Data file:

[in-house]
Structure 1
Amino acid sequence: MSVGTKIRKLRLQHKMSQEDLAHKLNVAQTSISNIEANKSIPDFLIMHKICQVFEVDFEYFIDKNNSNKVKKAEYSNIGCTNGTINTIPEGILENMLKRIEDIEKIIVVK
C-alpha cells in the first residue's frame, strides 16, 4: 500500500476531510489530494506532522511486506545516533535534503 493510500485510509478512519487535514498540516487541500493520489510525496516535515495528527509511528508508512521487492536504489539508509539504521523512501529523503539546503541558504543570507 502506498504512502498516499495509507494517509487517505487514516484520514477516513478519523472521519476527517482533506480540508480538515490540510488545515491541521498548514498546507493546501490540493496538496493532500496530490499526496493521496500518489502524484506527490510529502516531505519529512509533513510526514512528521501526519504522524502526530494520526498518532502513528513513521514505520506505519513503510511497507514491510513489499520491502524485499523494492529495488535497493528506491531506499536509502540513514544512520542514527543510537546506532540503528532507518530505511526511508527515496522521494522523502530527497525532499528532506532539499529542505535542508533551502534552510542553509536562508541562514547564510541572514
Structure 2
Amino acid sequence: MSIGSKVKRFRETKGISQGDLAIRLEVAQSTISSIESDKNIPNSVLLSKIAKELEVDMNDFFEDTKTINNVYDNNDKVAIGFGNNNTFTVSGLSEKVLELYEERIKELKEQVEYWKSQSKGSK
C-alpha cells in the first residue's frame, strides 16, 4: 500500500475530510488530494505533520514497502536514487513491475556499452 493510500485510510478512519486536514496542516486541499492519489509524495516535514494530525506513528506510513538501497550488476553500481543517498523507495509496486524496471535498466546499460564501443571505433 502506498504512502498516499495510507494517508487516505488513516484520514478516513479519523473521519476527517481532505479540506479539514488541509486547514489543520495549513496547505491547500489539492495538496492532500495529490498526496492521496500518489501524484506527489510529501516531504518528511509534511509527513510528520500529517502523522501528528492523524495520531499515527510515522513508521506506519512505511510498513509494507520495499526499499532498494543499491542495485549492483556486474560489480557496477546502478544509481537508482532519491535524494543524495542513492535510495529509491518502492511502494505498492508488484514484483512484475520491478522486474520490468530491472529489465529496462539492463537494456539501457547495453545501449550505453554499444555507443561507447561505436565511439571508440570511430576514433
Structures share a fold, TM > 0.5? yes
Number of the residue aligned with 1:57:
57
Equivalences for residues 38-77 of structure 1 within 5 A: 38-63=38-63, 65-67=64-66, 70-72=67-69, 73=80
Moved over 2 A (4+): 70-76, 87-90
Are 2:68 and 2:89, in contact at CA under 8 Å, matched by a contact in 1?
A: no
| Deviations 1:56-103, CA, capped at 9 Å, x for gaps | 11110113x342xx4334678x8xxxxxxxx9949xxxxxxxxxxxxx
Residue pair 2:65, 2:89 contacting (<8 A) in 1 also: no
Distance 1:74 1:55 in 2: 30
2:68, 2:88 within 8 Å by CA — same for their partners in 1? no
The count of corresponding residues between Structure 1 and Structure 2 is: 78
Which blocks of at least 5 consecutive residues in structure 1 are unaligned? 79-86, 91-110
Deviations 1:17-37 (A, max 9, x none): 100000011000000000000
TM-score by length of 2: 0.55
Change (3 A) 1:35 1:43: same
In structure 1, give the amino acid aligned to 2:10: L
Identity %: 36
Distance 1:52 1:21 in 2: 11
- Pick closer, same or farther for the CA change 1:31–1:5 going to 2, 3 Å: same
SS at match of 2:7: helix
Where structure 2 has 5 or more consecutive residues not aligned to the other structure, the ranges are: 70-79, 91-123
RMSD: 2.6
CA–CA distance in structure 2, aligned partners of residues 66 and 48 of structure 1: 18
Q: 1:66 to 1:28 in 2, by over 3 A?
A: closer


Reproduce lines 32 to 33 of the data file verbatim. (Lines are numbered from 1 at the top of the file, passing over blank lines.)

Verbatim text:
Q: 1:66 to 1:28 in 2, by over 3 A?
A: closer